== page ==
“Travel is the enemy of bigotry.”

The road, her siren song calls me; I fear she has become my muse.

Okay, that’s perhaps a bit too melodramatic even if it is apt. Ah, God, why am I still here? Apparently I shouldn’t even watch [tag]PBS[/tag] anymore … it’s too dangerous for someone with wanderlust. It’s been three years since I returned from my month traipsing back and forth across [tag]China[/tag]. There has been some domestic [tag]travel[/tag] back and forth on this continent via jet since then, and a number of car trips. But I haven’t been anywhere beyond the borders of my homeland. I haven’t been anywhere that English wasn’t the native language, or that I stuck out as an obvious foreigner.

And not a day goes by that I don’t dwell on it.

Some days it’s just a passing thought. Other days, I’ll spend hours lingering over images of foreign lands – either my own, or those photographed by someone else – or reread my own journals or passages in well-thumbed Lonely Planet guides, some for countries I’ve been to, some for which I haven’t yet.

In the past three years I’m sure I’ve bored more than one friend to death with my travel talk – regaling them with tales of past journeys, or about half-formed plans to join the Peace Corps in a French-speaking African country, or [tag]teaching English[/tag] in South East Asia, living in a different country every year. One month I plan to start in Thailand; another in Vietnam. Sometimes I think about coupling the Peace Corp with a masters degree program. Or maybe I’m going to go back to China, to teach and eat food in Chengdu restaurants. Or maybe back to Japan. Lately I’ve been seriously thinking about it – I can’t really explain why or what is making me think I’m more serious about it than at any other time in the past three years, but something is different. I suspect that it has something to do with the fact that in little more than a month, I’ll ding 40.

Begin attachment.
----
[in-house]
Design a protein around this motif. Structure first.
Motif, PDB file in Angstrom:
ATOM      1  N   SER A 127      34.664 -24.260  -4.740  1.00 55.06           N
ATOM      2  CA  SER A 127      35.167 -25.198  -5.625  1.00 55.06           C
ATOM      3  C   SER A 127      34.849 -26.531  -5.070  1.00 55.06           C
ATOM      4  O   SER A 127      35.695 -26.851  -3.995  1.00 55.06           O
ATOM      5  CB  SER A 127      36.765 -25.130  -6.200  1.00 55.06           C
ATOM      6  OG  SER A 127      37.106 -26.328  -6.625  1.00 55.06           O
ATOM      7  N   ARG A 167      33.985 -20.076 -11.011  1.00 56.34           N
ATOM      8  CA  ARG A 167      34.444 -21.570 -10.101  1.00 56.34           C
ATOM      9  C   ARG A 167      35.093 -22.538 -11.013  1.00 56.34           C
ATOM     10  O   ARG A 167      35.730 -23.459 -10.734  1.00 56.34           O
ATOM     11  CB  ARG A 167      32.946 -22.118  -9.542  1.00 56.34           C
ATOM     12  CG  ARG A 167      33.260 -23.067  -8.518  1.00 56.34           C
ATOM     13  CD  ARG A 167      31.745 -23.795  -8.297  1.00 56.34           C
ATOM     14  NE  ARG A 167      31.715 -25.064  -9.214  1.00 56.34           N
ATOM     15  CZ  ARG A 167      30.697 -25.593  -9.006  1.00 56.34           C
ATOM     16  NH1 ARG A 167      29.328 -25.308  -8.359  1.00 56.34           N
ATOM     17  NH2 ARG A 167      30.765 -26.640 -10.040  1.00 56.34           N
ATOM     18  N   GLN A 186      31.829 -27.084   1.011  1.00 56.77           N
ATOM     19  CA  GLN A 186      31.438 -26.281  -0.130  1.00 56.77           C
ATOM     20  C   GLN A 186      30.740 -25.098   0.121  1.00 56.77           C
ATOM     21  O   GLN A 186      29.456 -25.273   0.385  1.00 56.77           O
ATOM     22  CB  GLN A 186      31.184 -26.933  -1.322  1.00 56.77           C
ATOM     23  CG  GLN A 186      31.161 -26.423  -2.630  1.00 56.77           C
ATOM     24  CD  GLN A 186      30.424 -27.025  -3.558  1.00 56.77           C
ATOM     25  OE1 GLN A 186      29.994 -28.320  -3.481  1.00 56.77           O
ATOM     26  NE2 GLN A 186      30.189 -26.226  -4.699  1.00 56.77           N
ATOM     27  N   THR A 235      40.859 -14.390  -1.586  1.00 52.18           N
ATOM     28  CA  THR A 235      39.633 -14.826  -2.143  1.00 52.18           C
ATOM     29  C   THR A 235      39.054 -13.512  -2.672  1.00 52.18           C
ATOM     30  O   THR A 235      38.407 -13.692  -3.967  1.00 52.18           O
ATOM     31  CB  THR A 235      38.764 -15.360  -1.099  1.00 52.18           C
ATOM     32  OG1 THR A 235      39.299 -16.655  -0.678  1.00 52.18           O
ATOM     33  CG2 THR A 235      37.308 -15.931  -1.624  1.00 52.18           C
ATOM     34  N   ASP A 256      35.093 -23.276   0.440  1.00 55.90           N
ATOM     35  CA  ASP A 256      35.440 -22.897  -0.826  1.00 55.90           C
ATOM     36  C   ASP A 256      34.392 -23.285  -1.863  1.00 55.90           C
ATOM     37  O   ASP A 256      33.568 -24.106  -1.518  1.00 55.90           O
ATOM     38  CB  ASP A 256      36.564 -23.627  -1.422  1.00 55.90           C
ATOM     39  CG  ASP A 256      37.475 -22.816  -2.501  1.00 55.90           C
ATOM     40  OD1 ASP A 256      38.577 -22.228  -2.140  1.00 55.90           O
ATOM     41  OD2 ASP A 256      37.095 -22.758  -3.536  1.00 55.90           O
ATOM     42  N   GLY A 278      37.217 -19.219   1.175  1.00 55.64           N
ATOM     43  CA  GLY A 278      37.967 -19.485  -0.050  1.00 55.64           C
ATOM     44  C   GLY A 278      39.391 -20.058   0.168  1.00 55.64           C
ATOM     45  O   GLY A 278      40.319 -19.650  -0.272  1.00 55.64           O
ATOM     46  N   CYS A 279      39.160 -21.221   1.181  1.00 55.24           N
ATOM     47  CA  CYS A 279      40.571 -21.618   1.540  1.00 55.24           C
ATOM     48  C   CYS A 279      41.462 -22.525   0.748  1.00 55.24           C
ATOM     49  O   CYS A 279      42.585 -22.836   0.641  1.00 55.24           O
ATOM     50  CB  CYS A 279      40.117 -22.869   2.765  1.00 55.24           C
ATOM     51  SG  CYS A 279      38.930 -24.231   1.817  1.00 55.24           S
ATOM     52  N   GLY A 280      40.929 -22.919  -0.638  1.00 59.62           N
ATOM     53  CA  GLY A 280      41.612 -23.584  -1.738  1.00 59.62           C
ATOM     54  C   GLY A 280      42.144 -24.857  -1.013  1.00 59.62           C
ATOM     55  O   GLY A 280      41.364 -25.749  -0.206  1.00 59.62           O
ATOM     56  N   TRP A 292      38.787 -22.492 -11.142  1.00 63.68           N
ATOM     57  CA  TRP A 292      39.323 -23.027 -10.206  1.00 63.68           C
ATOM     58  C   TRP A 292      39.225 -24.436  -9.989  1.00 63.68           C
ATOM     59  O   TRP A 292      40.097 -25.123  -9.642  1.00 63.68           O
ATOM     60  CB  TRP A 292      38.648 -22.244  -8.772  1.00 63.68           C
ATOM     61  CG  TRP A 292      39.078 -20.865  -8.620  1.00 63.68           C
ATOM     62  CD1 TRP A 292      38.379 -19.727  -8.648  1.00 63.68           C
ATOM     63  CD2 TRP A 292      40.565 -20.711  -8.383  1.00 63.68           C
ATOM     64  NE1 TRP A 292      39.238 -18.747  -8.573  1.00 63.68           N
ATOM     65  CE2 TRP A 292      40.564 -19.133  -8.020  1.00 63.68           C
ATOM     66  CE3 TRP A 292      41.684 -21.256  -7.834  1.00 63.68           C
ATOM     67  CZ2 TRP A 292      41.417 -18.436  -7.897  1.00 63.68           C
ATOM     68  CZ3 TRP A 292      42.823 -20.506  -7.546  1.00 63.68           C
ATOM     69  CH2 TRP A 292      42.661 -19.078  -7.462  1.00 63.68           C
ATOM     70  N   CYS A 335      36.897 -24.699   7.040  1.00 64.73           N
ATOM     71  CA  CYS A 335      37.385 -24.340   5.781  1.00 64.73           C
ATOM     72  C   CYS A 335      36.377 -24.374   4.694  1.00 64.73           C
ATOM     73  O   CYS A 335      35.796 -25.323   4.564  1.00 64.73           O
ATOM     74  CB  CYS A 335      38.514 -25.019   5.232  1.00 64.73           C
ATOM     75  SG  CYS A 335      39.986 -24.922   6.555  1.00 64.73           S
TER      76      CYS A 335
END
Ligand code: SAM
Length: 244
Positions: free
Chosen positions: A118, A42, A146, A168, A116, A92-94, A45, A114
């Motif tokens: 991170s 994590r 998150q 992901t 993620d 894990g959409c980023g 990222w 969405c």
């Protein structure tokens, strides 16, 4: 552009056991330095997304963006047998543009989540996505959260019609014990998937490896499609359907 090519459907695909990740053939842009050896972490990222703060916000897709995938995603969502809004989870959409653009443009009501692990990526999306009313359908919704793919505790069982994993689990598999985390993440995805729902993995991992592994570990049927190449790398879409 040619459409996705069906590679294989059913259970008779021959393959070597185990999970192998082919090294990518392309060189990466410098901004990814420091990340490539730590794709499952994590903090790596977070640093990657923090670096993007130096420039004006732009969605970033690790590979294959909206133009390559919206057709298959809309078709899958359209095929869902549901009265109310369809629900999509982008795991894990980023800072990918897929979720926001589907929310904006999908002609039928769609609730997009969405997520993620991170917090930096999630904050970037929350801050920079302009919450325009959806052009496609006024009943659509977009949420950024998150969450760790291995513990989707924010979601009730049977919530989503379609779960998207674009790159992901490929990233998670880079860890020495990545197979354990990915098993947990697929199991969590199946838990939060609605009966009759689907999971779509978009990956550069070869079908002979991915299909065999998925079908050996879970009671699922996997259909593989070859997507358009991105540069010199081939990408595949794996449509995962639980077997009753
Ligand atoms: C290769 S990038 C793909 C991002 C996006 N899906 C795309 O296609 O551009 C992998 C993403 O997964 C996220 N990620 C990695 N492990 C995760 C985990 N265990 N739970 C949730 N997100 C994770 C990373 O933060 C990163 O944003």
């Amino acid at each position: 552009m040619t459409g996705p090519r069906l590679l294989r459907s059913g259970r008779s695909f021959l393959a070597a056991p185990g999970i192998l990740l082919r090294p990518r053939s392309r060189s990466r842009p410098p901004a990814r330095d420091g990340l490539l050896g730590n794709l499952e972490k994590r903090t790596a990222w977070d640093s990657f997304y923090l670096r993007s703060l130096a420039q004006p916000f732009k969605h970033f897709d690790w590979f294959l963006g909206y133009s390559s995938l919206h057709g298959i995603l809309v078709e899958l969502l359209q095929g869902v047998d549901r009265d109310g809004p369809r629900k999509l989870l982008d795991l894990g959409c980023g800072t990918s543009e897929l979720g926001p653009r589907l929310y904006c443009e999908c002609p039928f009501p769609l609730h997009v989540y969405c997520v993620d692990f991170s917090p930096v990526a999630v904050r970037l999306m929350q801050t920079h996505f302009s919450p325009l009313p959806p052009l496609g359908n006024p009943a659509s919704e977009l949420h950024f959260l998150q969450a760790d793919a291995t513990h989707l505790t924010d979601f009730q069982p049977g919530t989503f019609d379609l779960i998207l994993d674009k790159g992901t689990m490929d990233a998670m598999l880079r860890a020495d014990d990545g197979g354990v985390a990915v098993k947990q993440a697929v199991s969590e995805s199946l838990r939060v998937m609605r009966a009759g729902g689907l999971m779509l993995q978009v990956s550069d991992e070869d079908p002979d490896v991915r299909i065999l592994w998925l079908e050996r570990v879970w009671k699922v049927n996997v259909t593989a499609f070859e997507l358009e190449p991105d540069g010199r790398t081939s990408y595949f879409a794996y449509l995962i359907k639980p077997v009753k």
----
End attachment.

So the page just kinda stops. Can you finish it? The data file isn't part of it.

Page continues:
Time passes.

And while I have family here, while I presently have a good job and really can’t complain about my career, the world-not-yet-seen beckons. The things that I gather are supposed to interest or concern me as I pass this mile marker of middle age don’t seem to hold much sway over my restless spirit. Indeed, I often catch myself asking this question more and more frequently, why am I still here? Even if I lived to be 100 and traveled for the rest of my days, I don’t think I’d ever see all of the world that I’d like to see. If I were independently wealthy and a person of leisure, what would I do? In a word, travel. So why am I still here? What is it that is keeping me here?

And then I saw this: A PBS documentary viewed entirely by chance, In the Footsteps of Marco Polo. Two art school pals, [tag]Francis O’Donnell[/tag] and [tag]Denis Belliveau[/tag], with an interest in history and culture, in addition to art, set out to retrace Marco Polo’s travels. It was just the two of them, and some photography equipment. They lined up a few sponsors to help with costs, but it was just them on the road, even leaving their passage up to their own wits (Marco Polo didn’t travel by air, so they kept to land and sea routes).